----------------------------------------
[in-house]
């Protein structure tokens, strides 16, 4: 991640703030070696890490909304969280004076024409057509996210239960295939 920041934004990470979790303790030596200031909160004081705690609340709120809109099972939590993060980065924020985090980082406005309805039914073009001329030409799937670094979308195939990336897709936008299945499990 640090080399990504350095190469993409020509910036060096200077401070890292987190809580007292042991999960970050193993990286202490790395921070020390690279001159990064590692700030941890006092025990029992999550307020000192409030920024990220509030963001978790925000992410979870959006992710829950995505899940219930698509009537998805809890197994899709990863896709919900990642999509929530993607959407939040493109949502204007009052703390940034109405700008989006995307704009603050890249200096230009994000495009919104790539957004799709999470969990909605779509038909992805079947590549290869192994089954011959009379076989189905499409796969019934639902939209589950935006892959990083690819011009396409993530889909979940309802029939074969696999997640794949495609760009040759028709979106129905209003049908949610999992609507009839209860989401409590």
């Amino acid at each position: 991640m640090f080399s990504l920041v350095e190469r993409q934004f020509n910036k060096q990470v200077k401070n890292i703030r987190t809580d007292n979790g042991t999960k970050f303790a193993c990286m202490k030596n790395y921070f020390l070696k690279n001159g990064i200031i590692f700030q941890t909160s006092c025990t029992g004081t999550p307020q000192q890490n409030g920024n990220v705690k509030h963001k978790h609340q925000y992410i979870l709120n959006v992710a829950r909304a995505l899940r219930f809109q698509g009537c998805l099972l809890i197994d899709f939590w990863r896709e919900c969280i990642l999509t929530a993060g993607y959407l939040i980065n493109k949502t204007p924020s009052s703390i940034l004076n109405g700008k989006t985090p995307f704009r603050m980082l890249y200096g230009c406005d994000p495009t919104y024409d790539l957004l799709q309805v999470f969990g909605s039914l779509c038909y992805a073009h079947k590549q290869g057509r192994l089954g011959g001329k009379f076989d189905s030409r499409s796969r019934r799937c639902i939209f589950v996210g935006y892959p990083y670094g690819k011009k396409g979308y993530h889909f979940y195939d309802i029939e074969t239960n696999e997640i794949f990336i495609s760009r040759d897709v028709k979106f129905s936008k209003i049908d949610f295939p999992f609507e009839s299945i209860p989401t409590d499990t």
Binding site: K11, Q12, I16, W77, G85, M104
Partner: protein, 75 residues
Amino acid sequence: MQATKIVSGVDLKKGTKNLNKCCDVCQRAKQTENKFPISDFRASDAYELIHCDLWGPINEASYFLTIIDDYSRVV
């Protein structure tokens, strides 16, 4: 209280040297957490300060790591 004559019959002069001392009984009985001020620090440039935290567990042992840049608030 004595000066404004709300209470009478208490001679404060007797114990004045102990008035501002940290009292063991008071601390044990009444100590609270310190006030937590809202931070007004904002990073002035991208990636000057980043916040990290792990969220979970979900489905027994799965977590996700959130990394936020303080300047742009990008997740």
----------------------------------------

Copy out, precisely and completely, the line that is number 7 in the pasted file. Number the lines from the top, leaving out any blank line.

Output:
């Protein structure tokens, strides 16, 4: 209280040297957490300060790591 004559019959002069001392009984009985001020620090440039935290567990042992840049608030 004595000066404004709300209470009478208490001679404060007797114990004045102990008035501002940290009292063991008071601390044990009444100590609270310190006030937590809202931070007004904002990073002035991208990636000057980043916040990290792990969220979970979900489905027994799965977590996700959130990394936020303080300047742009990008997740």